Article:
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Homeland Security

No spread of avian flu: COA

ROC Central News Agency

2012/03/19 14:36:52

Taipei, March 19 (CNA) Outbreaks of avian influenza have not spread from farms in central and southern Taiwan and current cases are isolated ones, a Council of Agriculture (COA) official said Monday.

Deputy COA Minister Hu Hsing-hua made the remarks in response to questions as to whether the avian flu has spread after new reported outbreaks in two chicken farms in Tainan, southern Taiwan.

Hu said that "we hope to step up our guard against the outbreak and take the initiative to conduct monitoring."

The COA has imposed movement controls on the two latest chicken farms, located in Kuantien and Shanhua townships, respectively. Chickens slaughtered there have been frozen and the farms disinfected. Other chicken farms within a radius of 3 kilometers of the suspect farms are being inspected.

Since the COA confirmed the first outbreak of highly pathogenic H5N2 avian influenza March 3, chicken farms in Changhua, Tainan and Nantou have reported avian flu outbreaks.

In a related development, meanwhile, chicken farmers said a new measure to conduct spot checks on meat around the island starting March 20 will not affect the price of chicken products.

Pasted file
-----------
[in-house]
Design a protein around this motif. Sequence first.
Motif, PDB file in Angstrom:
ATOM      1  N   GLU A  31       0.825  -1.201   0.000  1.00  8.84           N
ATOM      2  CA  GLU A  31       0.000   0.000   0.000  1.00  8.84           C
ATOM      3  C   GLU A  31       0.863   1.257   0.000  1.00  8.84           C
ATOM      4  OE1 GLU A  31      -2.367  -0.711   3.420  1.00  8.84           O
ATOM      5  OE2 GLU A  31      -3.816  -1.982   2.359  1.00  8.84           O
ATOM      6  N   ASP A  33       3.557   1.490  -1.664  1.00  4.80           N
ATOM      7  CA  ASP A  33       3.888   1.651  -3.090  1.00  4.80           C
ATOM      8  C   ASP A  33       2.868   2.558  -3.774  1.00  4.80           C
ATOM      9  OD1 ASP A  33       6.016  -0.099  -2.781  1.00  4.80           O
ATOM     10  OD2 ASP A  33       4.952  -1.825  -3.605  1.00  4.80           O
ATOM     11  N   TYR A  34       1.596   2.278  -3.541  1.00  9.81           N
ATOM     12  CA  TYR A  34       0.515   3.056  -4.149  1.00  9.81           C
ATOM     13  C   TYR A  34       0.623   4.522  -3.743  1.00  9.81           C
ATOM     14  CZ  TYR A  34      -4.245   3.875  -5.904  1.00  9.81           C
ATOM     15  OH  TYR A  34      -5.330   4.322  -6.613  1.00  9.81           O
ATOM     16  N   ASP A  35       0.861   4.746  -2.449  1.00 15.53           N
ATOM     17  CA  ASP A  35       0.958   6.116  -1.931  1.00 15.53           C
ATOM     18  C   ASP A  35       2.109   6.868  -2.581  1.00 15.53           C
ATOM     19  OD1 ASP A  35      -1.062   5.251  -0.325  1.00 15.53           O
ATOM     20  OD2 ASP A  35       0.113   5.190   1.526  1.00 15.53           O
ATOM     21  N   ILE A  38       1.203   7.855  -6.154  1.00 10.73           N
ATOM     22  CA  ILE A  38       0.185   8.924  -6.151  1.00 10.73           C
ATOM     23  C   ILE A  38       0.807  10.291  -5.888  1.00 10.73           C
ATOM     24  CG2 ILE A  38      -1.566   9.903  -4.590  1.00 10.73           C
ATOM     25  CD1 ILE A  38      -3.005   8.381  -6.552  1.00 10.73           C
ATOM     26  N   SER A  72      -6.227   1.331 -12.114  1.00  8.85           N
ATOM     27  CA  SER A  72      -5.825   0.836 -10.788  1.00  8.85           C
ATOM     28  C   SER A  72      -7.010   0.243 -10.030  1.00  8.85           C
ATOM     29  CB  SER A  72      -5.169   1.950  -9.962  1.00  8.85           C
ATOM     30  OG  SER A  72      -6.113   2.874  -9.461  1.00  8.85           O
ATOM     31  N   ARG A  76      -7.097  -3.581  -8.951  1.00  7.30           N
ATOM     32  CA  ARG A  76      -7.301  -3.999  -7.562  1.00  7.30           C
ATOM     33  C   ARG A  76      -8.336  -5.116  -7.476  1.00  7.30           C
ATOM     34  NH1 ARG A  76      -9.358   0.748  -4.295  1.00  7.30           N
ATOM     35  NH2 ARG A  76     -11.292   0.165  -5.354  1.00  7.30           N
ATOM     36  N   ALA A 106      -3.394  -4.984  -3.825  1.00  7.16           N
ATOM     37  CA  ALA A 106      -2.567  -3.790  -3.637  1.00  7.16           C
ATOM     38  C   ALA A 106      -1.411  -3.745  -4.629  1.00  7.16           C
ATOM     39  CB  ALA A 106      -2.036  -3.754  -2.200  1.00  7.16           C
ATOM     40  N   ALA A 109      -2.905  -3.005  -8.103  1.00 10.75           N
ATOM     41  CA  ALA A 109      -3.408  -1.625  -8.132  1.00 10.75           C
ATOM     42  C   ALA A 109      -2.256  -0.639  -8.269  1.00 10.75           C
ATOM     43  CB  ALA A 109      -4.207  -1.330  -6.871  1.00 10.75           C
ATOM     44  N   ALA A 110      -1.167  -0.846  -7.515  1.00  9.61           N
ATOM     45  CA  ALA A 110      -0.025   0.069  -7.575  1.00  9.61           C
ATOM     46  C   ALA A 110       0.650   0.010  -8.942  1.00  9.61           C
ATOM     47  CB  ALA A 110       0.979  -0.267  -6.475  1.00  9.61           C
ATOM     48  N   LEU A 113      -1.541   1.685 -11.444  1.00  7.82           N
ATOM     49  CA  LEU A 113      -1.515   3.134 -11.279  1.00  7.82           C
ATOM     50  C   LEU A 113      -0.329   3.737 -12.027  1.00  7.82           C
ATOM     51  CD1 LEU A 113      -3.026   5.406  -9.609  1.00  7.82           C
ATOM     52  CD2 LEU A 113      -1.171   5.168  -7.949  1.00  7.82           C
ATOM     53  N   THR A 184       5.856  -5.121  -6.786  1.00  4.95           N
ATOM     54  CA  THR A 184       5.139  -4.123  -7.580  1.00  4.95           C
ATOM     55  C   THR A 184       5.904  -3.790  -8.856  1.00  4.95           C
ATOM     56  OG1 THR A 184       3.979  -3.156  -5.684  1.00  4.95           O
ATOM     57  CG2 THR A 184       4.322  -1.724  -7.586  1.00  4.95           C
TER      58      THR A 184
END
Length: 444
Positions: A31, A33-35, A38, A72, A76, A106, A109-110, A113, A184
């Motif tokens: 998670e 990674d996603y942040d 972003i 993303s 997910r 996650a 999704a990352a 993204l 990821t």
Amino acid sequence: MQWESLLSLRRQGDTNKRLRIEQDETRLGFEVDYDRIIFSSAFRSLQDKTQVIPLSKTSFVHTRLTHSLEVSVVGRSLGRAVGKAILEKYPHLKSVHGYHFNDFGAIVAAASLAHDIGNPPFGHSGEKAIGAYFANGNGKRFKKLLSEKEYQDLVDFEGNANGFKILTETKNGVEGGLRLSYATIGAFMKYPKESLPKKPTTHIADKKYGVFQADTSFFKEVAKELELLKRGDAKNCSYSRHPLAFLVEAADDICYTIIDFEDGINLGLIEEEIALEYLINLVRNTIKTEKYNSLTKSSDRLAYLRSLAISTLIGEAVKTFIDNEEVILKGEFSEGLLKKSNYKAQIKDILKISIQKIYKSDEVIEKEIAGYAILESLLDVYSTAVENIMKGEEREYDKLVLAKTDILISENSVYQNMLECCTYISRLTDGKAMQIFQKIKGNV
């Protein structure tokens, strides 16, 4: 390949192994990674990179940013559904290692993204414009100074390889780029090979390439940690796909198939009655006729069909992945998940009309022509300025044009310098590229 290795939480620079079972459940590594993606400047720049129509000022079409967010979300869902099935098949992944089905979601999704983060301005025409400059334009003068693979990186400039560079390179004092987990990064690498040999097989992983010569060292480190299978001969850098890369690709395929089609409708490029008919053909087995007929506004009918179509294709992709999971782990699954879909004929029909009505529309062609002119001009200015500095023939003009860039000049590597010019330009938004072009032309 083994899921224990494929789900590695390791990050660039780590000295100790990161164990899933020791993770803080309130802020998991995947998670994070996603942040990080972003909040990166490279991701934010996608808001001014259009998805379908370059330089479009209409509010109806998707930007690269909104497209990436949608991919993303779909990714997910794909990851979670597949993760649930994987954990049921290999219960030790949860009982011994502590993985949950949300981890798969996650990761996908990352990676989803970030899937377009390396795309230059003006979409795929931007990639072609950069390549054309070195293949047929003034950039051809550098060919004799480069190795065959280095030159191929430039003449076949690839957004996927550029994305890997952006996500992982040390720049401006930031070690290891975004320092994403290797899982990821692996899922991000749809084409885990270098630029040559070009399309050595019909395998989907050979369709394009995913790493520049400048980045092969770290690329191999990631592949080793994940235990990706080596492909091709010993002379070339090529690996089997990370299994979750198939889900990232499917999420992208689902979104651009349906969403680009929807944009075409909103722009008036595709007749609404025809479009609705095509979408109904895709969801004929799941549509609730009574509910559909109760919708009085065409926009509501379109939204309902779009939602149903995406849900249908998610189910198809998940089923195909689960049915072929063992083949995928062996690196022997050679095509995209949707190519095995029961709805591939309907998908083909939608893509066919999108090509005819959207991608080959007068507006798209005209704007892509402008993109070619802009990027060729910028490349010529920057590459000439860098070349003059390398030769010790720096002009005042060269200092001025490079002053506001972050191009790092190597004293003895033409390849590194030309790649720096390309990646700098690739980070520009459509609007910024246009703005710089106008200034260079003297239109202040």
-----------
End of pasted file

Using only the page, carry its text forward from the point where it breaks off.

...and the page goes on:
But Poultry Association of the Republic of China Chairman Wang Chin-tien suggested that the checks should be put off so as not to avoid more uneasiness among consumers.

Wang said that egg output has fallen off recently due to unsettled weather. He added that chickens raised for meat are also at a low output, which further cushions the impact of the avian flu outbreak.

He noted that normal chicken output is between 3.9 million and 4 million carcases per week, but currently the actual output is 3.75 million. He said the smaller supply means that fluctuations in chicken prices will not be dramatic.

The Department of Health has announced that it will conduct spot checks on 1,000 beef, pork, duck and goose samples around the country from Tuesday and will publish the names of anyone found supplying problematic products.

The products to be tested will include 500 beef samples, 400 pork samples, and 100 duck and goose samples.

(By Huang Chiao-wen, Lin Heng-li and Lilian Wu)

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